Health Risk Assessments: The Baby and the Bath Water

July 11, 2012 in Uncategorized, Commentary, Employee Wellness Programs


There may be some employees whose health has benefited based on some feedback they got on an HRA, but not enough to warrant the investment you are making in the HRA (that investment includes your organization’s money; your time; and, perhaps most importantly, your participants’ time, energy, and goodwill). But don’t listen to me. Your employees will also tell you that your HRA doesn’t make much difference to their health. That’s why some employers pay employees up to $500 just to complete an HRA.You wouldn’t have to pay employees to complete a simple form if they actually saw any value in it to begin with.

A series of blog posts about HRAs  has deconstructed HRAs with an eye toward better understanding their value or lack of value. Here are the cliff notes:

  • The conventional framework of employee wellness programs is predicated on the principle that improvements in the health risk profile of a population can lead to reductions in healthcare costs and improved employee productivity.
  • HRAs are techniques or processes of gathering information to develop health profiles, using the profiles to estimate future risks of adverse health outcomes.
  • HRAs are dependent on self-reported data, which is valid for effective use in population health management intervention, although its value at the individual level is questionable.
  • Importing clinical screening values — such as blood pressure and cholesterol — to an HRA does not add much validity to the HRA on an individual basis, but, like the self-reported data, should be sufficient to measure the health risk of a population.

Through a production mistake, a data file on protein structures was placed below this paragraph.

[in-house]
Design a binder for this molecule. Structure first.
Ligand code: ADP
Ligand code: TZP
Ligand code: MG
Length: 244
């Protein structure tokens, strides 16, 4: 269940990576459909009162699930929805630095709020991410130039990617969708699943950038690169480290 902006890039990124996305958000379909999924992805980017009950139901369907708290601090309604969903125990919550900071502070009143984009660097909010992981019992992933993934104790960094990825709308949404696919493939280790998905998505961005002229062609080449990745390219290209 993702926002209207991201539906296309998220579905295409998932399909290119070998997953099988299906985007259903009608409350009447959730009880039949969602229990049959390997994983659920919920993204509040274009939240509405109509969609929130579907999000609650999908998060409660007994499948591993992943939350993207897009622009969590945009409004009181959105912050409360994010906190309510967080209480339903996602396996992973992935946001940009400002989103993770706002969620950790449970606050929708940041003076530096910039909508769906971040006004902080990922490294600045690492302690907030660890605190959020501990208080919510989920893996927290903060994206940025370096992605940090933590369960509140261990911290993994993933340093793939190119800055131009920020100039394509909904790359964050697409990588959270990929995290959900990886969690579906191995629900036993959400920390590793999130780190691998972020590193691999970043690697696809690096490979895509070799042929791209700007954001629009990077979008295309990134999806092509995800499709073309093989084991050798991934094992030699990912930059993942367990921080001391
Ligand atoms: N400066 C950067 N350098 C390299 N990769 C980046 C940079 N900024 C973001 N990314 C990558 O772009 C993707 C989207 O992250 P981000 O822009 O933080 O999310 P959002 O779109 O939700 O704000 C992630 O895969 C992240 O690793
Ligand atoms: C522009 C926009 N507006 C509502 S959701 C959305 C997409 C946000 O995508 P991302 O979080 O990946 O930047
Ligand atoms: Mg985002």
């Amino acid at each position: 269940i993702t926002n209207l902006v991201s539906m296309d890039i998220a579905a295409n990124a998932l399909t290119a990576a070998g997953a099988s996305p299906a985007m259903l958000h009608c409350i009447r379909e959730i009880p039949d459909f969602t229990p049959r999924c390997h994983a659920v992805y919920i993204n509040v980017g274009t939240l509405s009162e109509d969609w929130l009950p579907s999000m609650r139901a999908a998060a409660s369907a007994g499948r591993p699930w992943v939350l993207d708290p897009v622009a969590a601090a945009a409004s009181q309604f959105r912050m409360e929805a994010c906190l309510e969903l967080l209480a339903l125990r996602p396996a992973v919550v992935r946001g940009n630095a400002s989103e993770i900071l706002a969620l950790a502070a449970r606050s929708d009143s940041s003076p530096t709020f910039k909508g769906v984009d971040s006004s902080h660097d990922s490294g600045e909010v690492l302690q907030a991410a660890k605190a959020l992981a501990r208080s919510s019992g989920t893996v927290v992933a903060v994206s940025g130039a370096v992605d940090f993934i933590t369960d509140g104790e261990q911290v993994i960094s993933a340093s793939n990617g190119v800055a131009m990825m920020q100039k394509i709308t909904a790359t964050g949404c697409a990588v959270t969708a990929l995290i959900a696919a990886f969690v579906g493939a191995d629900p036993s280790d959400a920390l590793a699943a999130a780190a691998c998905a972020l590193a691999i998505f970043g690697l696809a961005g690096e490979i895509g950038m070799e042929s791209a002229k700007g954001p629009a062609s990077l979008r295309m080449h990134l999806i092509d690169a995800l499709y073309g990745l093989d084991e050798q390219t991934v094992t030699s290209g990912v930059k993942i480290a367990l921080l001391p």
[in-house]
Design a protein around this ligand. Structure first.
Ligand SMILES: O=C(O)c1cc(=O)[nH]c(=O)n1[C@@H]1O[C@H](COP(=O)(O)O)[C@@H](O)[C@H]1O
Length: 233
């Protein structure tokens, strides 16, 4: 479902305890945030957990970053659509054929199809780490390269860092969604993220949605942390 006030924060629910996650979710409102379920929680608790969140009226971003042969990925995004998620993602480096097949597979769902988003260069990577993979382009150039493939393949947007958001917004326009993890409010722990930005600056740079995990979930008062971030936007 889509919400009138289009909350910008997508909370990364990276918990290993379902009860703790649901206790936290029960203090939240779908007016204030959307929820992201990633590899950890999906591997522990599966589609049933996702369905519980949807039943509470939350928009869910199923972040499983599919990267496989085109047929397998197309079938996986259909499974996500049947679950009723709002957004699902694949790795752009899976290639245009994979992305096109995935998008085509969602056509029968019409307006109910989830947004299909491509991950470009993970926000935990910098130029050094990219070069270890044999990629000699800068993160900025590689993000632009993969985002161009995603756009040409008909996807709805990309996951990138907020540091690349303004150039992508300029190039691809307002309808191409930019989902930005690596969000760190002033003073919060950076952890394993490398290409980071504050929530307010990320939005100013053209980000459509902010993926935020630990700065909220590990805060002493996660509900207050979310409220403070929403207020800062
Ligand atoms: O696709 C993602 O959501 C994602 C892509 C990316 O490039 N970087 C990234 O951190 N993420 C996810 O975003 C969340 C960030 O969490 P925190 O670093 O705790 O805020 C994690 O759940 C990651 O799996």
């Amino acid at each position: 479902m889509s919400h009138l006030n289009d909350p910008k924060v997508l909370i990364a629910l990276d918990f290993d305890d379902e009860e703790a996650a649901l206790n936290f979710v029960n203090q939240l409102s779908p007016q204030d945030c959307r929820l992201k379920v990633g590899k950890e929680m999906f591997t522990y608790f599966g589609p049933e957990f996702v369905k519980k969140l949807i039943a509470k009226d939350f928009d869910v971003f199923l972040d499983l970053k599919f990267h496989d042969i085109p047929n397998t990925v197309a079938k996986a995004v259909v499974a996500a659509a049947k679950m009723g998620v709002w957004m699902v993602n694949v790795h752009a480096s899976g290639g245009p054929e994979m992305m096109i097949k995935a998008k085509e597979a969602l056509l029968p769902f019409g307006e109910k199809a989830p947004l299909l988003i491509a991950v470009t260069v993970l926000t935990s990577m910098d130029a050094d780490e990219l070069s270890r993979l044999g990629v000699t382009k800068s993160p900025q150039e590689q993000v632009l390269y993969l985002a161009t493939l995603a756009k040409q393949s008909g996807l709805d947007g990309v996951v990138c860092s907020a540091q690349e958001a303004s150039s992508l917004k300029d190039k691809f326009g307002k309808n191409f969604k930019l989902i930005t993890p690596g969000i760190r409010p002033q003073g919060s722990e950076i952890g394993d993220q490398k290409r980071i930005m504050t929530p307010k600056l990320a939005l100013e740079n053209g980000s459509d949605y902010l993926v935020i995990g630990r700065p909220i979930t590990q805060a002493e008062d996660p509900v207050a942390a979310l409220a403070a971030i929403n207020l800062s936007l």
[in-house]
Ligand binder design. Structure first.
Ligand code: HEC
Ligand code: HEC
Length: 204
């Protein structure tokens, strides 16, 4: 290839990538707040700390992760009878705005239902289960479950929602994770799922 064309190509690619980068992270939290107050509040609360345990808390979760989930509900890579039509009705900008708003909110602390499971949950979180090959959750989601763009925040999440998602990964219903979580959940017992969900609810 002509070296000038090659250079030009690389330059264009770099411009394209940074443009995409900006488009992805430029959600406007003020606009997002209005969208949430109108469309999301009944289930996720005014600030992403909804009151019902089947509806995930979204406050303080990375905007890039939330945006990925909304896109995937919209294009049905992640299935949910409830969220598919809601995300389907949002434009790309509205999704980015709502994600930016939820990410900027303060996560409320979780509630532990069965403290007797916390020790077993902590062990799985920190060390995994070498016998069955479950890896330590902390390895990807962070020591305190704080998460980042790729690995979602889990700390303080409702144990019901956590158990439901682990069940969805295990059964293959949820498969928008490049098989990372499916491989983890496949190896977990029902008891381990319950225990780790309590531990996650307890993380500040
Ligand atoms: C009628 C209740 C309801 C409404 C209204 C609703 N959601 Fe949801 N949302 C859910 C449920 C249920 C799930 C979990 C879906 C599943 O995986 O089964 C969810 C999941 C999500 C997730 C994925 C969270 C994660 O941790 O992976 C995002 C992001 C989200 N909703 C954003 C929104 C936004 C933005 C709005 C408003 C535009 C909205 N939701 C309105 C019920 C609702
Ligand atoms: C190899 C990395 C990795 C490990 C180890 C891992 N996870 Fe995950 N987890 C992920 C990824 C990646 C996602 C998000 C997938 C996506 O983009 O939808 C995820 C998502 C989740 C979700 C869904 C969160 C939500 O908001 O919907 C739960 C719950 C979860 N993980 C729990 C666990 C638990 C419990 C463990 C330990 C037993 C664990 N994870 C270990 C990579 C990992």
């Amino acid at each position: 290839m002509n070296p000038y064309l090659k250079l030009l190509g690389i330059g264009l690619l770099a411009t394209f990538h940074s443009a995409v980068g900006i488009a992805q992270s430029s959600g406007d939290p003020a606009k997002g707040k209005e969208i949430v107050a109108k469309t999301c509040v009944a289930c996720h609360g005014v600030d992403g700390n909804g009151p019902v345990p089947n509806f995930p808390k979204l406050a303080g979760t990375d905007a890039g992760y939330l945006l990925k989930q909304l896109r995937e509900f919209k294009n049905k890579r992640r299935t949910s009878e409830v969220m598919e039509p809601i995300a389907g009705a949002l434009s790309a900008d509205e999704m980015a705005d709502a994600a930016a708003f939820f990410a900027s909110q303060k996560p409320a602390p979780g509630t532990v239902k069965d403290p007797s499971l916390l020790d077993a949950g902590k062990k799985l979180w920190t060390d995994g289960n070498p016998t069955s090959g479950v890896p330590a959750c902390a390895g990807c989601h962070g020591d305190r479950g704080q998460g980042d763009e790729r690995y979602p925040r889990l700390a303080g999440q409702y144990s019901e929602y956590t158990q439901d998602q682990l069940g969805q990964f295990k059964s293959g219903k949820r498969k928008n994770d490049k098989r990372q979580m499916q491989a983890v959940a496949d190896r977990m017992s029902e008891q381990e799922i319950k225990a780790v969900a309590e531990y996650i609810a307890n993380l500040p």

• HRAs may help steer individuals towards more intensive programs based on the position of the individual in the strata of the population’s health risk and predicted health care costs.

These findings point to the same thing: Health risk assessment is a population health tool. HRAs’ primary utility is in helping employers identify the health risks that deserve the most attention in order to achieve positive health and financial outcomes. The same tool can then be used to measure a program’s success in shifting the health risk of the population.

Unfortunately, employers have been using HRAs, a population health measurement instrument, as a behavioral intervention. No wonder you are disappointed. Be honest with yourself and with your employees: The HRA is for you — a potentially useful tool in the administration of your program. It’s not an employee benefit, and your employees know it.

Part of the reason employers have mistaken HRAs with a full-fledged health intervention is that vendors have marketed them as such. As a measurement tool, you should reassess whether your HRA is worth what you are paying.

But don’t rush to throw the baby out with the bath water. If you decide that your HRA’s capacity to measure risk in your employee population justifies its use, your next step is to reconsider whether you truly need to have all your program participants complete an HRA every year. Your vendor doesn’t want to hear it, but you may be able to realize the measurement potential of your HRA more cost effectively by having a sample of your employee population complete it every two or three years.

I’m not making a case for or against health risk assessments, just encouraging you to make a well informed and critical decision. What do you want your HRA to do? What does your HRA do? Is your organization getting its money’s worth?